Secondary Outcomes: At all timepoints in the study, extended-release naltrexone patients reported significantly less heroin craving and thoughts about heroin than buprenorphine-naloxone patients. Satisfaction with treatment and willingness to recommend their treatment to others was significantly higher among extended-release naltrexone patients. Life satisfaction was significantly higher among extended-release naltrexone patients at Weeks 4 and 8. Mental health, as assessed by the Hopkins Symptom Checklist-25 of anxiety and depression, showed no significant differences between the two treatment groups. There were no significant differences found between the extended-release naltrexone and buprenorphine-naloxone treatment groups in days of non-opioid illicit substance use.

Overall, 66% of patients completed the study, with a mean time of retention on treatment of 69.3 days for the extended-release naltrexone group and 63.7 days for the buprenorphine-naloxone group. More patients reported adverse events in the extended-release naltrexone group versus those in the buprenorphine-naloxone group (69.0% vs. 34.7%). A number of events in the extended-release naltrexone group, and to a lesser degree in the buprenorphine-naloxone group, were related to induced or experienced withdrawal symptoms, which the study investigators attribute largely to insufficient opioid detoxification. A change to the detoxification strategy was made during the first year of the study, which reduced the number of new adverse events related to induction of treatment. There were nine serious adverse events in the study, six in the extended-release naltrexone group and three in the buprenorphine-naloxone group; however, none were considered directly related to the given treatment. There was one reported opioid overdose in the buprenorphine-naloxone treatment group, and no deaths were observed in the study.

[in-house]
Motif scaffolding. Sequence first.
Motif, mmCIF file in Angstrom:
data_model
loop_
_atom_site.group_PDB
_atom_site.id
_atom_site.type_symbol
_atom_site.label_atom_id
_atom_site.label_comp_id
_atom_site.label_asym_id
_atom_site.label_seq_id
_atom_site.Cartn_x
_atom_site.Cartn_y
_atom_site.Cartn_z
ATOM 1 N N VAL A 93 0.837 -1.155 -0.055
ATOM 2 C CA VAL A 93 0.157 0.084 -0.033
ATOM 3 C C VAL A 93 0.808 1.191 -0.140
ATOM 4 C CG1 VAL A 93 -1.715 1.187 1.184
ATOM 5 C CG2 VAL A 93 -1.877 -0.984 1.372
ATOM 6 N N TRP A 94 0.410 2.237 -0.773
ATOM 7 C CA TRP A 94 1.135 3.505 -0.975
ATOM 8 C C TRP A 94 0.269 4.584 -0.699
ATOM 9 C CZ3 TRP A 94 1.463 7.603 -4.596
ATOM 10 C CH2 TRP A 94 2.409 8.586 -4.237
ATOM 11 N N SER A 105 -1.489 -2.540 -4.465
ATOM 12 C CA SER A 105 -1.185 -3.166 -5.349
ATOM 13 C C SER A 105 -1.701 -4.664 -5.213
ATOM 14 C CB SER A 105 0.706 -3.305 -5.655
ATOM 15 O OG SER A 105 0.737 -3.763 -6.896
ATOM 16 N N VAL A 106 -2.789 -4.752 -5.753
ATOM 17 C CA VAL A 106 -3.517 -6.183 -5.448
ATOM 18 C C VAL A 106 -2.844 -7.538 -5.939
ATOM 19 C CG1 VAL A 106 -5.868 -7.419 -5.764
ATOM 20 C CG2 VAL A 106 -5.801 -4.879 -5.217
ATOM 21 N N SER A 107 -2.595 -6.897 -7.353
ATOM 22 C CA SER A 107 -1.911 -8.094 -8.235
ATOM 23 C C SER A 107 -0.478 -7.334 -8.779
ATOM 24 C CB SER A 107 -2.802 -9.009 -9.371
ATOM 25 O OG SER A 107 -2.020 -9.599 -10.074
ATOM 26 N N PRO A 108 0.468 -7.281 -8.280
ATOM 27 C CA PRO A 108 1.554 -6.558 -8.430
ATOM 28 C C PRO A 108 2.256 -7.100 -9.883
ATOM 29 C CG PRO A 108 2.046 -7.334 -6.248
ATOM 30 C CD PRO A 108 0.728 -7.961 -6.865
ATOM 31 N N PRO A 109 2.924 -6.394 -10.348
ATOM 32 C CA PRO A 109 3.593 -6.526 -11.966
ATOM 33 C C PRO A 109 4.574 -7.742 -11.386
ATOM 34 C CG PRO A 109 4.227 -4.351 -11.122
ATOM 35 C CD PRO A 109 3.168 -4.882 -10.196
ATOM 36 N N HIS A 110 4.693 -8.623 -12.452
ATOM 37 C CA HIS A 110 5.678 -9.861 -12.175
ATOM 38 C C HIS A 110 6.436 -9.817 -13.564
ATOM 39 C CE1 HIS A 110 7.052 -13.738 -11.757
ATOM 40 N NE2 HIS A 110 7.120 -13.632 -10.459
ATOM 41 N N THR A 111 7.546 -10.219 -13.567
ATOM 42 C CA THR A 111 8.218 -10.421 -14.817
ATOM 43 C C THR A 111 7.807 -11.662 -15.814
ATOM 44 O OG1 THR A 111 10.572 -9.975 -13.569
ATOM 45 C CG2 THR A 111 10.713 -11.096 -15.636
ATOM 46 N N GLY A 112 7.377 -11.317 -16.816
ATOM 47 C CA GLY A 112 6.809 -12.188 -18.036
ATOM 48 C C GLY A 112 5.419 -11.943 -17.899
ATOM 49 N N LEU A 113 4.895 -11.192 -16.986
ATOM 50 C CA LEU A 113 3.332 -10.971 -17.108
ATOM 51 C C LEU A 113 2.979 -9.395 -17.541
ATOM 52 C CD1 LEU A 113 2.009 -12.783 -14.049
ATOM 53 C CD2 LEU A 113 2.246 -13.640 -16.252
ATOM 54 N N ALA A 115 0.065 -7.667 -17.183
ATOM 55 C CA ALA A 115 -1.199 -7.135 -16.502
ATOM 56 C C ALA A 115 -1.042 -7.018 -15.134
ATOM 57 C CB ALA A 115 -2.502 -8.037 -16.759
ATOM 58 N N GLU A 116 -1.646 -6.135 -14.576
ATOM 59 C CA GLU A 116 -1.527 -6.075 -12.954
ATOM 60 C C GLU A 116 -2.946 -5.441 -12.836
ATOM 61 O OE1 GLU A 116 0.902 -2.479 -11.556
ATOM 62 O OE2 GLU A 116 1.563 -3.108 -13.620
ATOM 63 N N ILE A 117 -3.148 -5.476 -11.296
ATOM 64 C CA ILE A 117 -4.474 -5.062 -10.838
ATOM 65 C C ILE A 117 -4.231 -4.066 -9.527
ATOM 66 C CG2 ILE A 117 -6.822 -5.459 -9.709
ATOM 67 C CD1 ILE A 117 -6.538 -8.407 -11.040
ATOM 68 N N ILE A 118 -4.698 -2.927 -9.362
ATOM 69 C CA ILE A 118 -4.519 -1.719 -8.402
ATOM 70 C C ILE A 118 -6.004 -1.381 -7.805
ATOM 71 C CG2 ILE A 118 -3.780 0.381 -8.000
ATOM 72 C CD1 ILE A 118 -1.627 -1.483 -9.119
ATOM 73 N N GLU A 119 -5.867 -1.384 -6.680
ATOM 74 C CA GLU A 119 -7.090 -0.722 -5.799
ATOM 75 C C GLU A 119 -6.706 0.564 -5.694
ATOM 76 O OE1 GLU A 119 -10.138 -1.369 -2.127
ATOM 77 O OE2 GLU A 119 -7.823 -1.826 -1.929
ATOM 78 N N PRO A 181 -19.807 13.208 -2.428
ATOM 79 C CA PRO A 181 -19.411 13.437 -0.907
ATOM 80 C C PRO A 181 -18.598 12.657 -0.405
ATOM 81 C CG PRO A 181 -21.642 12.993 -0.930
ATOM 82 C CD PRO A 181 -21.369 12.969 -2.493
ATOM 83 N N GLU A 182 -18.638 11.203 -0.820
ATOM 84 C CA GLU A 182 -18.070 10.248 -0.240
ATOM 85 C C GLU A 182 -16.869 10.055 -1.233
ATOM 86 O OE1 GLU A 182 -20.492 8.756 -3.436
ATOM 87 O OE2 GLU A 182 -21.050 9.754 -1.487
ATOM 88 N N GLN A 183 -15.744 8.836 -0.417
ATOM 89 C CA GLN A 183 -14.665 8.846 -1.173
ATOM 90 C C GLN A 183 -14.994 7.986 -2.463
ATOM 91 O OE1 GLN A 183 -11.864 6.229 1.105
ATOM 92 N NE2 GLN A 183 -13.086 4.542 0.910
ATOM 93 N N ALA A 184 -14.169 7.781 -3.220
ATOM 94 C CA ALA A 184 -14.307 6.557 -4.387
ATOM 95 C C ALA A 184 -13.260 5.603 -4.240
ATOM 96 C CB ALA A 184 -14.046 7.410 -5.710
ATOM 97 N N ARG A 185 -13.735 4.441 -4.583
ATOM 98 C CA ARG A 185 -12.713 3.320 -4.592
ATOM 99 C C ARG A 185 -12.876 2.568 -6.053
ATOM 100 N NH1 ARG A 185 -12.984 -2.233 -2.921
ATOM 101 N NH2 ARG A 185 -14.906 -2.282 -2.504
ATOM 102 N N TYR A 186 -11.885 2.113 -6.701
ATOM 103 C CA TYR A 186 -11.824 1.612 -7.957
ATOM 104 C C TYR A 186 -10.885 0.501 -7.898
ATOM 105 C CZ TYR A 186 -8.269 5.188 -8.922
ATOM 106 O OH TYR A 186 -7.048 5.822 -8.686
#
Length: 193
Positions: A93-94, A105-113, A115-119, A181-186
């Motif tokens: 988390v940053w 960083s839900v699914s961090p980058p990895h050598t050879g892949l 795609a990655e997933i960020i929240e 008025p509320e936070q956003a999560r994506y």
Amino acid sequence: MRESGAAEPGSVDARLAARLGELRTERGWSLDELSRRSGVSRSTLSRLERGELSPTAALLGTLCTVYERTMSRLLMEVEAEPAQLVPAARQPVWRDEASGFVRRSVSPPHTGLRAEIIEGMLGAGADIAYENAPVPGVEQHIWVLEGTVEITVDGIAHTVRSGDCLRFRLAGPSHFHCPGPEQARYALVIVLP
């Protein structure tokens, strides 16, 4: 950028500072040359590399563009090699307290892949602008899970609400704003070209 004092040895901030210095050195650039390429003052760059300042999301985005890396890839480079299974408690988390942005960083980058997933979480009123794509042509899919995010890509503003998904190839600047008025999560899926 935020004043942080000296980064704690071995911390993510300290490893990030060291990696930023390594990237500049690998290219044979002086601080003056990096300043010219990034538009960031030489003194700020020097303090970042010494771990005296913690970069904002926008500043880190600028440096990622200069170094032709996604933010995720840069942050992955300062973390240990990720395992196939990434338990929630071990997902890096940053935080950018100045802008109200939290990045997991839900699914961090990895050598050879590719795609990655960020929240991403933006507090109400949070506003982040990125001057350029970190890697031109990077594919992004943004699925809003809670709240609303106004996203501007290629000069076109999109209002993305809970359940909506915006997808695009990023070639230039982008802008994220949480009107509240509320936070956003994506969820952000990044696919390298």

Limitations of the study, as noted by the study investigators, include lack of blinding between treatment arms, and the possibility that the patient population in the study may have been motivated to receive the novel antagonist treatment of extended-release naltrexone, which is unavailable in Norway.

Funding for the head-to-head comparison study was provided by unrestricted grants from the Research Council of Norway and the Western Norway Regional Health Authority. Financial support was also received from the Norwegian Centre for Addiction Research, University of Oslo, and from Akershus University Hospital.

Alkermes did not have access to trial data or editorial control of any publication related to the trial. Alkermes contributed extended-release naltrexone in kind through an investigator-initiated trial contract.

About Opioid Dependence
A chronic brain disease, opioid dependence is characterized by cognitive, behavioral and physiological symptoms in which an individual continues to use opioids despite significant harm to oneself and others.1 The use of heroin, an illegal opioid drug, and the non-medical use of FDA-approved opioid analgesics, including prescription pain relievers, represents a growing public health problem in the U.S. According to the 2016 U.S. National Survey on Drug Use and Health, nearly 2 million people aged 18 or older had an opioid use disorder.2

VIVITROL (naltrexone for extended-release injectable suspension) is a once-monthly medication for the treatment of alcohol dependence as well as for the prevention of relapse to opioid dependence, following opioid detoxification. VIVITROL is a non-narcotic, non-addictive, once-monthly medication approved for the treatment of opioid dependence. Treatment with VIVITROL should be part of a comprehensive management program that includes psychosocial support.



VIVITROL is indicated for:

  • Treatment of alcohol dependence in patients who are able to abstain from alcohol in an outpatient setting prior to initiation of treatment with VIVITROL. Patients should not be actively drinking at the time of initial VIVITROL administration.
  • Prevention of relapse to opioid dependence, following opioid detoxification.
  • VIVITROL should be part of a comprehensive management program that includes psychosocial support.


VIVITROL is contraindicated in patients:

  • Receiving opioid analgesics
  • With current physiologic opioid dependence
  • In acute opioid withdrawal
  • Who have failed the naloxone challenge test or have a positive urine screen for opioids
  • Who have exhibited hypersensitivity to naltrexone, polylactide-co-glycolide (PLG), carboxymethylcellulose, or any other components of the diluent